[AMBER] Adaptively Biased Molecular Dynamics

From: Aron Broom <broomsday.gmail.com>
Date: Tue, 6 Dec 2011 18:39:31 -0500

Hello AMBER users,

I've been performing free energy calculations using MetaDynamics in NAMD
and thought that I would try AMBER and its related Adaptively Biased
Molecular Dynamics (abmd) module. I looked at the user guide, tutorial
#12, and also at the referenced paper where this method was developed. I
am applying the method to the extremely simple test case of a water dimer
in a vacuum, attempting to generate the PMF for the reaction coordinate of
the distance between the two waters. I've run into three snags with the

1) From the documentation provided it seems like you can only define
reaction coordinates between single atoms rather than centers of mass. For
instance, for the DISTANCE collective variable, the definition says "type =
DISTANCE : distance (in ) between two atoms whose indexes are read from
the list i.", and the corresponding example also shows this same limitation:

 type = DISTANCE
 i = (5, 9)
end variable

It is generally accepted that defining reaction coordinates between single
atoms is a very bad practice in many cases, and that reasonable accuracy is
only obtained when comparing the center of mass of many atoms. I realize
that for the case I mention here of a water dimer its mostly irrelevant,
but this is just a test case and I'd like to eventually compare against a
protein with small molecule ligand in which case it is quite relevant. Is
there a way to use the center of mass rather than an individual atom?

2) I ran the water dimer test just using the oxygens for each water and the
PMF is semi-reasonable, but the entire simulation suffers from the fact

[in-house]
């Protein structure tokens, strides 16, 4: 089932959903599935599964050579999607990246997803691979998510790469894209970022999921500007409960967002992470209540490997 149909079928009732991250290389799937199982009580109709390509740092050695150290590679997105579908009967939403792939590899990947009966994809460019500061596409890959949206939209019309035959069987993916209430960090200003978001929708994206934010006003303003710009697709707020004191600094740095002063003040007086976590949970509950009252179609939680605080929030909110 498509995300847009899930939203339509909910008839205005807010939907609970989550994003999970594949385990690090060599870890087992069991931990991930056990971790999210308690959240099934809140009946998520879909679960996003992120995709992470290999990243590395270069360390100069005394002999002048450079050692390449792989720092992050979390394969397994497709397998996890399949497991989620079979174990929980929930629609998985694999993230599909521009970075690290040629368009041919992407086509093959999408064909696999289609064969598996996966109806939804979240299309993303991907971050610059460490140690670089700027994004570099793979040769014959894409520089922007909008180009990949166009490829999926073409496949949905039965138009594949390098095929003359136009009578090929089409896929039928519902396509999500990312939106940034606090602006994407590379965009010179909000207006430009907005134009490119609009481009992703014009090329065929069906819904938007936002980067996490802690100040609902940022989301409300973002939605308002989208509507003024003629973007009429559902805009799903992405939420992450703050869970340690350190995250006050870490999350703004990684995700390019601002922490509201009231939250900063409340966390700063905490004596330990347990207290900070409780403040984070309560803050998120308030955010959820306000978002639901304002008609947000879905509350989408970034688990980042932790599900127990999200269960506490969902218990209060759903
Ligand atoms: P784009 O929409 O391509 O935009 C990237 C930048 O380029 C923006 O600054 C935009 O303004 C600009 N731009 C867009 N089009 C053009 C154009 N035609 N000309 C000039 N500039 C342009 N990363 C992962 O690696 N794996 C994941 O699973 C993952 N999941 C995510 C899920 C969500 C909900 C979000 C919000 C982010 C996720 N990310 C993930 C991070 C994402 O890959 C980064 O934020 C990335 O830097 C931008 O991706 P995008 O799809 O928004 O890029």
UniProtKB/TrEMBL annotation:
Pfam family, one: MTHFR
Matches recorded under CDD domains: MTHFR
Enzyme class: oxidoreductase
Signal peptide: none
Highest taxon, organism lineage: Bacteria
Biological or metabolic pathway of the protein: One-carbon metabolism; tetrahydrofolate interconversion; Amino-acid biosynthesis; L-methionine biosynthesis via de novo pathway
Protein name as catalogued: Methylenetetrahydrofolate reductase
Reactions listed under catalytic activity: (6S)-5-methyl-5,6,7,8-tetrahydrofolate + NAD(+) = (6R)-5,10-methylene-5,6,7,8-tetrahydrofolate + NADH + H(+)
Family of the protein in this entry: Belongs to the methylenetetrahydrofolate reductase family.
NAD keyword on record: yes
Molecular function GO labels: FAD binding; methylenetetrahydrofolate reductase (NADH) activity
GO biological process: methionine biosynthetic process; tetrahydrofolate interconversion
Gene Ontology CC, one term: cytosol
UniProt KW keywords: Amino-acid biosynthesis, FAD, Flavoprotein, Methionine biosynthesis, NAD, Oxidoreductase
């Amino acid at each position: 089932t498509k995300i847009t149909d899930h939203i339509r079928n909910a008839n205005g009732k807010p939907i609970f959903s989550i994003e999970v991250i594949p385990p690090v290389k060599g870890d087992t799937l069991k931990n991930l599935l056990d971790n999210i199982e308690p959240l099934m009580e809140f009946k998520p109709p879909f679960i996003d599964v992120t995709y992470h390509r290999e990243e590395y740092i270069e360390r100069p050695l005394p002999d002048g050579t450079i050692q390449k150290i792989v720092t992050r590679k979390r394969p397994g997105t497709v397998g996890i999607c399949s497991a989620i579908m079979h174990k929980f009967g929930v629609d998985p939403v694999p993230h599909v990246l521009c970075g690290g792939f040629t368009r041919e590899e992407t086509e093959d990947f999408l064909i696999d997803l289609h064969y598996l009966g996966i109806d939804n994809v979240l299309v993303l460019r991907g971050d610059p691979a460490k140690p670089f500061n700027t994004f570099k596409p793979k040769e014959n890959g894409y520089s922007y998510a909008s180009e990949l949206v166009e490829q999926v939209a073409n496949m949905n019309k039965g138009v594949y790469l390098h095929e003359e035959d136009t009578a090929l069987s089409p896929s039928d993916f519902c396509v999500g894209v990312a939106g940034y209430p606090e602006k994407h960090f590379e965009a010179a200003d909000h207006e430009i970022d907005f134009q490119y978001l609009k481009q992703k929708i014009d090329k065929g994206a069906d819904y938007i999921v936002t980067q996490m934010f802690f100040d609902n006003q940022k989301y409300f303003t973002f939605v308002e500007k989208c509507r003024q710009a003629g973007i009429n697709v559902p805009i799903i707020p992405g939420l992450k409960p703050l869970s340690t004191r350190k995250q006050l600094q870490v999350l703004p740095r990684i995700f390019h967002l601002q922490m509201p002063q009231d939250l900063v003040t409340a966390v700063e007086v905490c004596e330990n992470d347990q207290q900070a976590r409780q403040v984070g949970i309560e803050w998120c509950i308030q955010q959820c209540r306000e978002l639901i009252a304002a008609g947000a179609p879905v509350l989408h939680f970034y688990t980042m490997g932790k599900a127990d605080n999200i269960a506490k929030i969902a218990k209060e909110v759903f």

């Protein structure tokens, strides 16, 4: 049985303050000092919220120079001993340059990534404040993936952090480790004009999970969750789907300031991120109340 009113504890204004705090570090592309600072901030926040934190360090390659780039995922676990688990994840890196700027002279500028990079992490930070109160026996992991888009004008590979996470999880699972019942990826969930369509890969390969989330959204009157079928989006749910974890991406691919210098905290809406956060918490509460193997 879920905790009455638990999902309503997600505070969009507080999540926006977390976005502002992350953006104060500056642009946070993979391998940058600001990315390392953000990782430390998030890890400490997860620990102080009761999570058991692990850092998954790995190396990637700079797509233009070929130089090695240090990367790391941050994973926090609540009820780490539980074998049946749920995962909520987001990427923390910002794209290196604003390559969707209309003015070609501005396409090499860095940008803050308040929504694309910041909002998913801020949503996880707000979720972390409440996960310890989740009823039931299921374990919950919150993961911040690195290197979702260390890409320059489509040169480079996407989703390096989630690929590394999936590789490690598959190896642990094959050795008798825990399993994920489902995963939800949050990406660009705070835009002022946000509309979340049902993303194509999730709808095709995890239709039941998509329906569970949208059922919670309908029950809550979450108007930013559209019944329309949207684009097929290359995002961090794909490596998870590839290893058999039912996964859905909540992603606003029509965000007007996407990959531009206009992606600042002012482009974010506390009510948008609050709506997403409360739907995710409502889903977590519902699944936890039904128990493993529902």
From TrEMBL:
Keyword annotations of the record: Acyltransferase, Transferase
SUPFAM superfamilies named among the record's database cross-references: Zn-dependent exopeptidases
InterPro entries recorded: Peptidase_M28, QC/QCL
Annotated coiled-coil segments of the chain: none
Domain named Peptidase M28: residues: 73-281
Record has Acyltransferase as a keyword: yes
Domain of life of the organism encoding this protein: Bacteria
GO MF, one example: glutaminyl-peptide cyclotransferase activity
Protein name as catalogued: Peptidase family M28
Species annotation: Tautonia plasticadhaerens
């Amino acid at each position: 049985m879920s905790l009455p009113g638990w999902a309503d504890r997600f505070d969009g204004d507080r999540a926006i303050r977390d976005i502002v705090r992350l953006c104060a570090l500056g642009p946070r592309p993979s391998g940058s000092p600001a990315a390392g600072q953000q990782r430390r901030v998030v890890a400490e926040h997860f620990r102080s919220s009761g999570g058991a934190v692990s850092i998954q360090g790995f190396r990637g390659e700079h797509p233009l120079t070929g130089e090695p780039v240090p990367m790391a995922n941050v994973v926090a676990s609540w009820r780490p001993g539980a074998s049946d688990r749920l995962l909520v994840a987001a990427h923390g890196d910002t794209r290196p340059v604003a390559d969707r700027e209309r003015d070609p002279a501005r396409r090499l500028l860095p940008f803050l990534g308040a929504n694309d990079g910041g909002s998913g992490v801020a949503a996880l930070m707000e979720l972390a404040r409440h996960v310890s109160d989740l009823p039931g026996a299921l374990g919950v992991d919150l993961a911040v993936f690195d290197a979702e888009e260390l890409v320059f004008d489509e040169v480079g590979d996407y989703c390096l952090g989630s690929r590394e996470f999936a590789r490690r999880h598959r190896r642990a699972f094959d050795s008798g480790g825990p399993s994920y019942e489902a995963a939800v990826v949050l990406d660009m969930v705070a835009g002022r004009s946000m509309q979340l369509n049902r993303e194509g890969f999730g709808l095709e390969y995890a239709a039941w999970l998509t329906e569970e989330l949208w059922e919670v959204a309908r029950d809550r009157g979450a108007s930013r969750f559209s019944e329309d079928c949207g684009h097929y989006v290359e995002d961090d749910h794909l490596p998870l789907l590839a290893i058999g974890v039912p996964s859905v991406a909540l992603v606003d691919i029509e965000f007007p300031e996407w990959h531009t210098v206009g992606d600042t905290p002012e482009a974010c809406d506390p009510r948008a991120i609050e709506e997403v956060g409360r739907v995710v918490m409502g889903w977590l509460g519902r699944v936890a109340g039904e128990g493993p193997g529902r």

that the distance can become larger than the range I'm interested in. For
instance for the abmd I have the following reaction coordinate definition
in my *.mdin file:

 mode = FLOODING

 monitor_file = 'abmd.txt'
 monitor_freq = 100

 timescale = 10.0 ! in ps

  type = DISTANCE
  i = (1, 5)
  min = 0.0
  max = 10.0
  resolution = 0.05
 end variable
end ncsu_abmd

So as you can see I don't care once the distance gets past 10 angstroms,
and I'm doing the whole thing in a vacuum without periodic conditions, so
in fact I don't want it just flying off into space, but instead need it to
stay within that range and continue sampling until I get a nice smooth
PMF. In the case of tutorial #12 this isn't an issue because it studies a
dihedral angle which is naturally bound from -180 to +180 degrees. When I
run my simulation I get about 50ps worth of information which starts to
build up a rough PMF, and then the distance gets past 10 angstroms at which
point the effect of building up the repulsive gaussians as part of the abmd
routine means that it is pretty much never coming back. In NAMD the
metadynamics module contains a simple variable which sets a hard lower and
upper potential wall for the reaction coordinate. I can't seem to find the
equivalent in AMBER. Using a harmonic restraint isn't a reasonable option
because that would bias the whole region and then I'd have to do something
more complicated to unbias it later which seems like a needless pain. Is
there a way to apply such a hard wall?

3) The references article describing the abmd procedure indicates that
there are only two variables that control the simulation, and one of them
is the flooding time scale. Nowhere in that article can I find a useful
definition of that variable. Is this the delay between applying a new
repulsive gaussian? Should this be set to a small fraction of the total
simulation time?

Thank you for your time,

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Received on Tue Dec 06 2011 - 16:00:02 PST
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